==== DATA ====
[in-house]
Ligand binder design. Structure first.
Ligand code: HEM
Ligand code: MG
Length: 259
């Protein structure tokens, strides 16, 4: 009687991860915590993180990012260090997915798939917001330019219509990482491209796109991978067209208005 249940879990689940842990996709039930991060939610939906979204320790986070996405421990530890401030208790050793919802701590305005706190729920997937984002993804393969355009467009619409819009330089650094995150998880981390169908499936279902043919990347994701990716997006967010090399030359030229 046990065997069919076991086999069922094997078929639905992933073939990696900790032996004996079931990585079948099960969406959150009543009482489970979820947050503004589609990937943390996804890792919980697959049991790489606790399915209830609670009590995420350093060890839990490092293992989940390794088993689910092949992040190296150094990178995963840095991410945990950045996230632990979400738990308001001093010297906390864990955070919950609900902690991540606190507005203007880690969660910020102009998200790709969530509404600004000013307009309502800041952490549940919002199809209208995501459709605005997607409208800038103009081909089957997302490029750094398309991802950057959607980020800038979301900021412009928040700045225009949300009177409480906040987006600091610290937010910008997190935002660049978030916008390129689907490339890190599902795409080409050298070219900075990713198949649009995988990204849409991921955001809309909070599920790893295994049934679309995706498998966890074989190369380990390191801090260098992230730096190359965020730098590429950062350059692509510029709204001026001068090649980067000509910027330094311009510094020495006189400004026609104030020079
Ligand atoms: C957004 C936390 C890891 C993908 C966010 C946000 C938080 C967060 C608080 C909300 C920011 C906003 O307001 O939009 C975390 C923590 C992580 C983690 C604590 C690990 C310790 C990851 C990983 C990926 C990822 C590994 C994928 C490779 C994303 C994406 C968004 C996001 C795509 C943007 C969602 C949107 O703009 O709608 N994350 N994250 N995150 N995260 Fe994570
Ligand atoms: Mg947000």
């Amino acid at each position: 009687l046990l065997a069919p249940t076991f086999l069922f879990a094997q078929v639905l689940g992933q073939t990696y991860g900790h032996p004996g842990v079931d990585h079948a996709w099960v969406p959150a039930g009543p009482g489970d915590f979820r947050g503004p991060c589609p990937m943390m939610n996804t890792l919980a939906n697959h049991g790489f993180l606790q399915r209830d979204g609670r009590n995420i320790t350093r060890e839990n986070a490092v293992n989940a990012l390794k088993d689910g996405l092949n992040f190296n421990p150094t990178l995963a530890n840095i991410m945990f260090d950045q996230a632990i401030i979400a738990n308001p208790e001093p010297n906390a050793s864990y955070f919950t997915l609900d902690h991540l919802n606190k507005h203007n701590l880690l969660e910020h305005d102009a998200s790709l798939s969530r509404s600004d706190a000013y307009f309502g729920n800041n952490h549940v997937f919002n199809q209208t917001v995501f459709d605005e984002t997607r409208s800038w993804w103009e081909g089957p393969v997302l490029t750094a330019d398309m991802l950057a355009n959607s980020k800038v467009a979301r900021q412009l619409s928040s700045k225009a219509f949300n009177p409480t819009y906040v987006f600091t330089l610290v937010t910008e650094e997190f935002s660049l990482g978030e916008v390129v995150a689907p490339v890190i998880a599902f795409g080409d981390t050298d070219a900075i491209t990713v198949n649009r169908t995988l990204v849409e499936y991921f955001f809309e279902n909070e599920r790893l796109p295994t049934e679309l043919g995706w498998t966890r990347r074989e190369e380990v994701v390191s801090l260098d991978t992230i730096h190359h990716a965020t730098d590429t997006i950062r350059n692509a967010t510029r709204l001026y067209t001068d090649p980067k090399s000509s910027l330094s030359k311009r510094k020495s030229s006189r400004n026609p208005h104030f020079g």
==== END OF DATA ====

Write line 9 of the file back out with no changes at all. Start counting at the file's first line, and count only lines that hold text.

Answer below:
């Amino acid at each position: 009687l046990l065997a069919p249940t076991f086999l069922f879990a094997q078929v639905l689940g992933q073939t990696y991860g900790h032996p004996g842990v079931d990585h079948a996709w099960v969406p959150a039930g009543p009482g489970d915590f979820r947050g503004p991060c589609p990937m943390m939610n996804t890792l919980a939906n697959h049991g790489f993180l606790q399915r209830d979204g609670r009590n995420i320790t350093r060890e839990n986070a490092v293992n989940a990012l390794k088993d689910g996405l092949n992040f190296n421990p150094t990178l995963a530890n840095i991410m945990f260090d950045q996230a632990i401030i979400a738990n308001p208790e001093p010297n906390a050793s864990y955070f919950t997915l609900d902690h991540l919802n606190k507005h203007n701590l880690l969660e910020h305005d102009a998200s790709l798939s969530r509404s600004d706190a000013y307009f309502g729920n800041n952490h549940v997937f919002n199809q209208t917001v995501f459709d605005e984002t997607r409208s800038w993804w103009e081909g089957p393969v997302l490029t750094a330019d398309m991802l950057a355009n959607s980020k800038v467009a979301r900021q412009l619409s928040s700045k225009a219509f949300n009177p409480t819009y906040v987006f600091t330089l610290v937010t910008e650094e997190f935002s660049l990482g978030e916008v390129v995150a689907p490339v890190i998880a599902f795409g080409d981390t050298d070219a900075i491209t990713v198949n649009r169908t995988l990204v849409e499936y991921f955001f809309e279902n909070e599920r790893l796109p295994t049934e679309l043919g995706w498998t966890r990347r074989e190369e380990v994701v390191s801090l260098d991978t992230i730096h190359h990716a965020t730098d590429t997006i950062r350059n692509a967010t510029r709204l001026y067209t001068d090649p980067k090399s000509s910027l330094s030359k311009r510094k020495s030229s006189r400004n026609p208005h104030f020079g």